3. In its reply to the protester's comments, the agency claims that past performance was immaterial to its award decision. These post-protest arguments are not consistent with the evaluation record and are entitled to little weight. See Boeing Sikorsky Aircraft Support, B-277263.2, B-277263.3, Sept. 29, 1997, 97-2 CPD Para. 91 at 15.
4. In fact, according to the agency, the CLIN unit pricing in Biospherics's initial proposal was considered too high.
5. The agency did conduct meaningful discussions with regard to Biospherics's very low unit price for CLIN [DELETED]. These discussions, however, did not suggest that Biospherics's other CLIN pricing was considered too low, and in fact the agency's question encouraging "additional savings" suggested the opposite.
6. The agency also questioned the realism of Biospherics' estimated labor hours in its BAFO. The record shows that, while it is true that Biospherics reduced these hours in its BAFO, these hours had also been reduced in the firm's revised proposal.
7. The protester states that, using the agency's most probable transaction model, Biospherics's revised evaluated price was $[DELETED] and the IGE was $[DELETED]. This calculation is not rebutted by the agency.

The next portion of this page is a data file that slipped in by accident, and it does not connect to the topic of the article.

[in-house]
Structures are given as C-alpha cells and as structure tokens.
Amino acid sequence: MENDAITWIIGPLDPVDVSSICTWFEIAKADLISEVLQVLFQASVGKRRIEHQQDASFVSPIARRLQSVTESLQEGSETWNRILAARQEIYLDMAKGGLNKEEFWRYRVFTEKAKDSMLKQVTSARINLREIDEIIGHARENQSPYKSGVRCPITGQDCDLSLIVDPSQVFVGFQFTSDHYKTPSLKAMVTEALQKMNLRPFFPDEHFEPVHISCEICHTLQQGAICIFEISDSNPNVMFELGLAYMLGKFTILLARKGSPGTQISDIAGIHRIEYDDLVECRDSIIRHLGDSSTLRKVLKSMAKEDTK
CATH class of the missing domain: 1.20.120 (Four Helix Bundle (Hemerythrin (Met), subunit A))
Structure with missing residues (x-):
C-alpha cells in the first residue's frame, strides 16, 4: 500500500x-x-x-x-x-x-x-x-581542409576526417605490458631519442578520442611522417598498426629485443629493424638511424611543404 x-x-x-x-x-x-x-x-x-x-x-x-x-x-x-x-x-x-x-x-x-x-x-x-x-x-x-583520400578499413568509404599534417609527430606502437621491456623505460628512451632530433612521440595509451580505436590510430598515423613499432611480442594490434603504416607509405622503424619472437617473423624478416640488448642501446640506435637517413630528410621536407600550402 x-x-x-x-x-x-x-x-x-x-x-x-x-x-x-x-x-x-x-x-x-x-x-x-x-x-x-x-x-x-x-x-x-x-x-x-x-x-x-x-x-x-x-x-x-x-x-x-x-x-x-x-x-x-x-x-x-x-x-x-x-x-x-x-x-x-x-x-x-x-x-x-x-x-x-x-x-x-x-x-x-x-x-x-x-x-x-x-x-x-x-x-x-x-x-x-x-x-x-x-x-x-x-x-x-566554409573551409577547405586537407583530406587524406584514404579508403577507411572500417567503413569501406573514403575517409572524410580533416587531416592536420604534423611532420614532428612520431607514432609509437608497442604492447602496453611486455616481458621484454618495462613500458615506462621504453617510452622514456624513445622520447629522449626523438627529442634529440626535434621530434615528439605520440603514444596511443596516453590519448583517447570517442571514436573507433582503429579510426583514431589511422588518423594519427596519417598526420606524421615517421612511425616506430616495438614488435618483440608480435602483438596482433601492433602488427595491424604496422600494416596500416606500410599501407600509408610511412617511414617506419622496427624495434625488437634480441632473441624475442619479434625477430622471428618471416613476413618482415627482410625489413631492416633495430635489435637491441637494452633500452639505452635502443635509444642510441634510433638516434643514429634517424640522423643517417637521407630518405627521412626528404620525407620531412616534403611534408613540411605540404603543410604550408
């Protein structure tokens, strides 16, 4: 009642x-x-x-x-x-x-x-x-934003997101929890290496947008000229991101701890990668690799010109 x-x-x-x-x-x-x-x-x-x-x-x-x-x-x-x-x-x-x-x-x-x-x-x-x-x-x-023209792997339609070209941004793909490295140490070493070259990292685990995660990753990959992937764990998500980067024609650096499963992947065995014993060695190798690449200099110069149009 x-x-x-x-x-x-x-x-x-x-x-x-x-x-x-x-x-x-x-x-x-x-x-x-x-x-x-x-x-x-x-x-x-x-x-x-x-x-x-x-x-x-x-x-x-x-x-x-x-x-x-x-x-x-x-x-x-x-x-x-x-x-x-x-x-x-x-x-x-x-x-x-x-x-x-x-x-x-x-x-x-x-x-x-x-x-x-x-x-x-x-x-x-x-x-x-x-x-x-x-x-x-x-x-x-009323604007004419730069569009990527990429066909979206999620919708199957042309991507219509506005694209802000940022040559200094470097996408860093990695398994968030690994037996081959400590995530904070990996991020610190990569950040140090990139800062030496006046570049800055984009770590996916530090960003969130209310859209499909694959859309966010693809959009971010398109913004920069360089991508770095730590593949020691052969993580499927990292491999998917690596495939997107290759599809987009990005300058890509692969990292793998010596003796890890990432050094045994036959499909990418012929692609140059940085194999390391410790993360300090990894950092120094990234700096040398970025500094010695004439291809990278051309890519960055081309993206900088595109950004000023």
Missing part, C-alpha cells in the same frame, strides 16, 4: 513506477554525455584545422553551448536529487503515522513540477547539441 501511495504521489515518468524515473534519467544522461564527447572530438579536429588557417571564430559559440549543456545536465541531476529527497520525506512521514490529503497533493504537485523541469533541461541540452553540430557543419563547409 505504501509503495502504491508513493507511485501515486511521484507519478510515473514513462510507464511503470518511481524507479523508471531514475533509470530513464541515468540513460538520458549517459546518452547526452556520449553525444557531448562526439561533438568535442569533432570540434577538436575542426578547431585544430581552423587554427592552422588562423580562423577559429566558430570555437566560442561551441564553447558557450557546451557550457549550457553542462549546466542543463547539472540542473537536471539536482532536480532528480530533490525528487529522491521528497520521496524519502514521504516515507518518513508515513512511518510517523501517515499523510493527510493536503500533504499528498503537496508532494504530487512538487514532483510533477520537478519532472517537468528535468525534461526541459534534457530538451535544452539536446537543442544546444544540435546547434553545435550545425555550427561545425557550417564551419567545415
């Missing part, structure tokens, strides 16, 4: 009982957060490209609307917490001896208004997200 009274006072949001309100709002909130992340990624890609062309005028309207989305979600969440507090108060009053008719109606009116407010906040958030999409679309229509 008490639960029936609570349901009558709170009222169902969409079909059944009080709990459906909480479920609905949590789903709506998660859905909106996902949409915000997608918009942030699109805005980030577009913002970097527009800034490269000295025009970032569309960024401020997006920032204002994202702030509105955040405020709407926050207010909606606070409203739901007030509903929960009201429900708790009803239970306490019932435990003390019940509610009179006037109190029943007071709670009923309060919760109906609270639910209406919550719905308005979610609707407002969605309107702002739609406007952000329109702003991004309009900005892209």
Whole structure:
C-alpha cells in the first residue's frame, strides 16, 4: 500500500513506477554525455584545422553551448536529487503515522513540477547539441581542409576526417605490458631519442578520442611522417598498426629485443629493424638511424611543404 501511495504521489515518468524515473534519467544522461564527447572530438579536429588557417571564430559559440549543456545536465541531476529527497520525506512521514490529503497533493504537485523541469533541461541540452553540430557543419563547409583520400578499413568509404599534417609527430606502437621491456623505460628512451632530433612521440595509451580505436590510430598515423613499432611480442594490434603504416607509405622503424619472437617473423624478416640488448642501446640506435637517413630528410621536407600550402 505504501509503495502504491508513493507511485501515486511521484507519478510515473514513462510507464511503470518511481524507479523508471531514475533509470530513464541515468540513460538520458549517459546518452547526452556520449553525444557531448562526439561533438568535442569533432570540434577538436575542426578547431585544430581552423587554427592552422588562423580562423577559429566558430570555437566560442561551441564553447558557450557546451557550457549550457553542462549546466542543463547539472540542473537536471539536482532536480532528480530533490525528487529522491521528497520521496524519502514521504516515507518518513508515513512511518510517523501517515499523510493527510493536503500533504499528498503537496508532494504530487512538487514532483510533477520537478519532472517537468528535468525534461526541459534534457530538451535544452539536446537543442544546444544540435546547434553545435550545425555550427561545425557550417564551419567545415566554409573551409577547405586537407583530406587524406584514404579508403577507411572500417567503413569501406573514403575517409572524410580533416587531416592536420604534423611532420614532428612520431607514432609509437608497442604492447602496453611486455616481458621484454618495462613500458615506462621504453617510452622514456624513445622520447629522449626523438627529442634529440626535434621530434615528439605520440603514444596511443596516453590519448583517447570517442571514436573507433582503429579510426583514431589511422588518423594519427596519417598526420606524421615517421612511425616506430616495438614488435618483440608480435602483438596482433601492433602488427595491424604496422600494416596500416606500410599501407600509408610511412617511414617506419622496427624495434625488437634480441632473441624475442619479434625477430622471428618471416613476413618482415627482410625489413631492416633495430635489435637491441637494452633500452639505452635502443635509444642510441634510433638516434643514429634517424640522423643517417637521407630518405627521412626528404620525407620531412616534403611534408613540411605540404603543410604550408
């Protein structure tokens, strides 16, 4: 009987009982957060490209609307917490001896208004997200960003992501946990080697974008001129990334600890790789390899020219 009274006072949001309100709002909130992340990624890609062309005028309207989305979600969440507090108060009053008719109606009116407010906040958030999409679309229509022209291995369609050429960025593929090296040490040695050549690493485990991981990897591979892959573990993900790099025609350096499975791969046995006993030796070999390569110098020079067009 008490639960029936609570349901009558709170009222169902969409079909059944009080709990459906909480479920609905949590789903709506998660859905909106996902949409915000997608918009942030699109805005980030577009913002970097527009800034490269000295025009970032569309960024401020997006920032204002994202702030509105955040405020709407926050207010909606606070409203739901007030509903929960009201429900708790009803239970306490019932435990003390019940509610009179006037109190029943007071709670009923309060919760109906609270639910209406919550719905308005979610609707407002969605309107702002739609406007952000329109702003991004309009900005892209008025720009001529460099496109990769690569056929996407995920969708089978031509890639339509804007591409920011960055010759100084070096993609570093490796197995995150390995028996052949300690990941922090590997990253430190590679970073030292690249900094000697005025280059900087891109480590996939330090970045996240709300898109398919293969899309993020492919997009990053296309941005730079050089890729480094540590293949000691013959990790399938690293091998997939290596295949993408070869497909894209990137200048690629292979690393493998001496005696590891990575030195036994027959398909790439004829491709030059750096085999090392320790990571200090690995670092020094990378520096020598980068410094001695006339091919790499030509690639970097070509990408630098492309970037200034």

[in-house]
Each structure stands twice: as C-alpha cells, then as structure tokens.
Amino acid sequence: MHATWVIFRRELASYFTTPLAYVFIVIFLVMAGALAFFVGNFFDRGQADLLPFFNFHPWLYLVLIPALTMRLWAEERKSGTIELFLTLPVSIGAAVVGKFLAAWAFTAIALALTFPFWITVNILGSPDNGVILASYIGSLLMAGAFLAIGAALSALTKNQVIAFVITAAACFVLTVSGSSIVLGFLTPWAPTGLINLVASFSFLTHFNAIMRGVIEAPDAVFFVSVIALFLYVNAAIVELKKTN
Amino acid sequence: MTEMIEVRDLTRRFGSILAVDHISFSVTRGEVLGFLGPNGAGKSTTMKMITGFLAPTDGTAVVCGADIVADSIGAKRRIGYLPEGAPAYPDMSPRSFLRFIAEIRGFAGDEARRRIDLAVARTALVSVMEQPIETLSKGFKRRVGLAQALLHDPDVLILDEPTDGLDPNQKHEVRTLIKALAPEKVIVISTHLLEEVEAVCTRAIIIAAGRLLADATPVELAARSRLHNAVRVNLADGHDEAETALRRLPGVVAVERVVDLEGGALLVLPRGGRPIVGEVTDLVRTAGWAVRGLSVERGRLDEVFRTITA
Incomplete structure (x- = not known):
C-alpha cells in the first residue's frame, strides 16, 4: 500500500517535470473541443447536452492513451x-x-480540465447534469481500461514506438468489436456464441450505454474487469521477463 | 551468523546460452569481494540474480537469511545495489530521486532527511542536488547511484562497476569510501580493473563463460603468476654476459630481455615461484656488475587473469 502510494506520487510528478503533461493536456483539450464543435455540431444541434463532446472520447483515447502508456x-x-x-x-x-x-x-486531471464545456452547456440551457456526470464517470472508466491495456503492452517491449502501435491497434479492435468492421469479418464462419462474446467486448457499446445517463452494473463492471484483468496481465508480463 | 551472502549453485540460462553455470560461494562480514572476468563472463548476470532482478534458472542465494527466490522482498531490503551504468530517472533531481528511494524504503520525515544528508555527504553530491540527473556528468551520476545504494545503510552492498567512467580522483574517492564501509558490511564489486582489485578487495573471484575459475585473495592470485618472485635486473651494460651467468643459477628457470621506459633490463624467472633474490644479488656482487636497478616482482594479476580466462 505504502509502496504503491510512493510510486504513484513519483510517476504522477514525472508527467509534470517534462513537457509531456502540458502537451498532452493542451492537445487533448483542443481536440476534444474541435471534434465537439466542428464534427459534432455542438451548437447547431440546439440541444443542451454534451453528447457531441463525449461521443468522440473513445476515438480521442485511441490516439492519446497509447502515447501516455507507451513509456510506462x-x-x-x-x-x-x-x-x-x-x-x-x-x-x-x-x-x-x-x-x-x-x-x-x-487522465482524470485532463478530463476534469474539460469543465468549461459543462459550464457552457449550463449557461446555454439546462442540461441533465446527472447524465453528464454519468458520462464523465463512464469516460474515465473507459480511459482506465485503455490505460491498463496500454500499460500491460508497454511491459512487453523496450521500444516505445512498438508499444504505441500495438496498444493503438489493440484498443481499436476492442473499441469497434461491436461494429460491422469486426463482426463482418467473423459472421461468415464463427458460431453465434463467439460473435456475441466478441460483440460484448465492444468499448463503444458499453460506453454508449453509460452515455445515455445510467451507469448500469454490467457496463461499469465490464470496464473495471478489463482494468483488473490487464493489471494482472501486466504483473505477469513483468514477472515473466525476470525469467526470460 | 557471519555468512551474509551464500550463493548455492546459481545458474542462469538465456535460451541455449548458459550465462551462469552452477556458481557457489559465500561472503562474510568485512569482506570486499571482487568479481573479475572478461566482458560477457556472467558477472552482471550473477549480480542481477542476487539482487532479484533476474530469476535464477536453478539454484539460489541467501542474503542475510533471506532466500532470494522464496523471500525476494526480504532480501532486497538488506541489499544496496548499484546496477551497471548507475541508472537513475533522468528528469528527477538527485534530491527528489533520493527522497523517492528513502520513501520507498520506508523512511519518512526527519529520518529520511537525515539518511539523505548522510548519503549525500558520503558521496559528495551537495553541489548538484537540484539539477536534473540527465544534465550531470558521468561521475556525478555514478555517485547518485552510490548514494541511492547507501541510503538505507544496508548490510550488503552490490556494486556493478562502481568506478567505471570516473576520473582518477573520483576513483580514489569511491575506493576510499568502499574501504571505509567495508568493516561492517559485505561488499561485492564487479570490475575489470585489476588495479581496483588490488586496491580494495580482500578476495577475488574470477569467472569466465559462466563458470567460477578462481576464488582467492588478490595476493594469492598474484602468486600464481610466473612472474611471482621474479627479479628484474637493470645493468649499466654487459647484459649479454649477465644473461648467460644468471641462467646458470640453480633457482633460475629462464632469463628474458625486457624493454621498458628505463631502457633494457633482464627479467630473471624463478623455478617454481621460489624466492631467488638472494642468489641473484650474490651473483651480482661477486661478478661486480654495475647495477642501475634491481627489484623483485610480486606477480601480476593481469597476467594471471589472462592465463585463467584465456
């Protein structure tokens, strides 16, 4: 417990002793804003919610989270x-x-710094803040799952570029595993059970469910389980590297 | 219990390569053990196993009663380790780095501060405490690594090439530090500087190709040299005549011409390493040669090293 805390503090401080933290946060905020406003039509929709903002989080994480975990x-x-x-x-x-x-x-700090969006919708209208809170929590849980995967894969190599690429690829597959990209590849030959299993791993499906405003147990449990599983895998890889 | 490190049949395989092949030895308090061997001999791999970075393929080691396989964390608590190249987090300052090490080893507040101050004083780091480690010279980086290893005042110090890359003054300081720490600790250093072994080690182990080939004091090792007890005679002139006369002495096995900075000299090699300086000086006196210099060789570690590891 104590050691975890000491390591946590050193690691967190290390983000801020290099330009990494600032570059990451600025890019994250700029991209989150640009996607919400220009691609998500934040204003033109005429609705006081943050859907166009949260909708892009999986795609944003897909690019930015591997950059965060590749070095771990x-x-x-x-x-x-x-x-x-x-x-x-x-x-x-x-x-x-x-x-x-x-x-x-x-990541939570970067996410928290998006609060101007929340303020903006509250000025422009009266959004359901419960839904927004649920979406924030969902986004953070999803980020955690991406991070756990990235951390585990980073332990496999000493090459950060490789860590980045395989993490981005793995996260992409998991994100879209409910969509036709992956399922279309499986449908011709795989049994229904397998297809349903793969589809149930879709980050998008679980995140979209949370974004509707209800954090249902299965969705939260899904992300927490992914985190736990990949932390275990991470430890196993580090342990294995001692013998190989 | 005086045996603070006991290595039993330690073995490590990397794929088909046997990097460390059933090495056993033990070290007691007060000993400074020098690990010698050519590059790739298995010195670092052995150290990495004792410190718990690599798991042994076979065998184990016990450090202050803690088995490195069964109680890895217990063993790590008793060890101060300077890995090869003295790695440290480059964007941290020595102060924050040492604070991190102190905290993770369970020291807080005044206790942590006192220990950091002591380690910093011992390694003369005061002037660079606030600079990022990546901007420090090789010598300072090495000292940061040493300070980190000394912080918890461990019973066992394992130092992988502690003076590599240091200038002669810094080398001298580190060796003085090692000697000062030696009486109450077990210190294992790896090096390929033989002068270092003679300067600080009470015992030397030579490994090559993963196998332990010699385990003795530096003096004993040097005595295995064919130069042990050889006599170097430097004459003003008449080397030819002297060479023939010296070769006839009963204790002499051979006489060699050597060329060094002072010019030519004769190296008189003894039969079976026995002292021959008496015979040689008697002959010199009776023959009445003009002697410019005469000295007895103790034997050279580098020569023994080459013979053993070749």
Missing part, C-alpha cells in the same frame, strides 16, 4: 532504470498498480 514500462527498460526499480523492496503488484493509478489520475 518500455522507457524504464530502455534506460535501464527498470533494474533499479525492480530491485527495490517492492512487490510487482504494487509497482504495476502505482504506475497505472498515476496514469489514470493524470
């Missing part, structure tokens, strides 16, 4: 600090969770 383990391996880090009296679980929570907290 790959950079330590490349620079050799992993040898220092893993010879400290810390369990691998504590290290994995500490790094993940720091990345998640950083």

8. Park.Net contends that Biospherics could not reasonably have been misled by the Forest Service's instructions to Biospherics (as well as the other offerors) to examine their price proposals for additional savings; the intervenor contends, citing Jacobs Serv. Co.; International Tech. Corp., B-262088.3, B-262088.4, Jan. 29, 1996, 97-1 CPD Para. 220 at 6, that this was a "cautionary reminder" and "not a directive to lower prices." We disagree. In Jacobs, the agency merely informed offerors that technical changes to BAFOs could render the proposal unacceptable. Here, the Forest Service's direction to examine price proposals for additional savings, viewed in the context of the agency's earlier warning that Biospherics's price was too high, was reasonably understood by Biospherics to mean that the agency continued to be concerned with the high level of Biospherics's pricing.
9. Given our recommendation to reopen negotiations, which will result in a new evaluation and source selection decision, we need not address Biospherics's remaining protest allegations.
* DOCUMENT FOR PUBLIC RELEASE
The decision issued on the date below was subject to a GAO Protective Order. This redacted version has been approved for public release.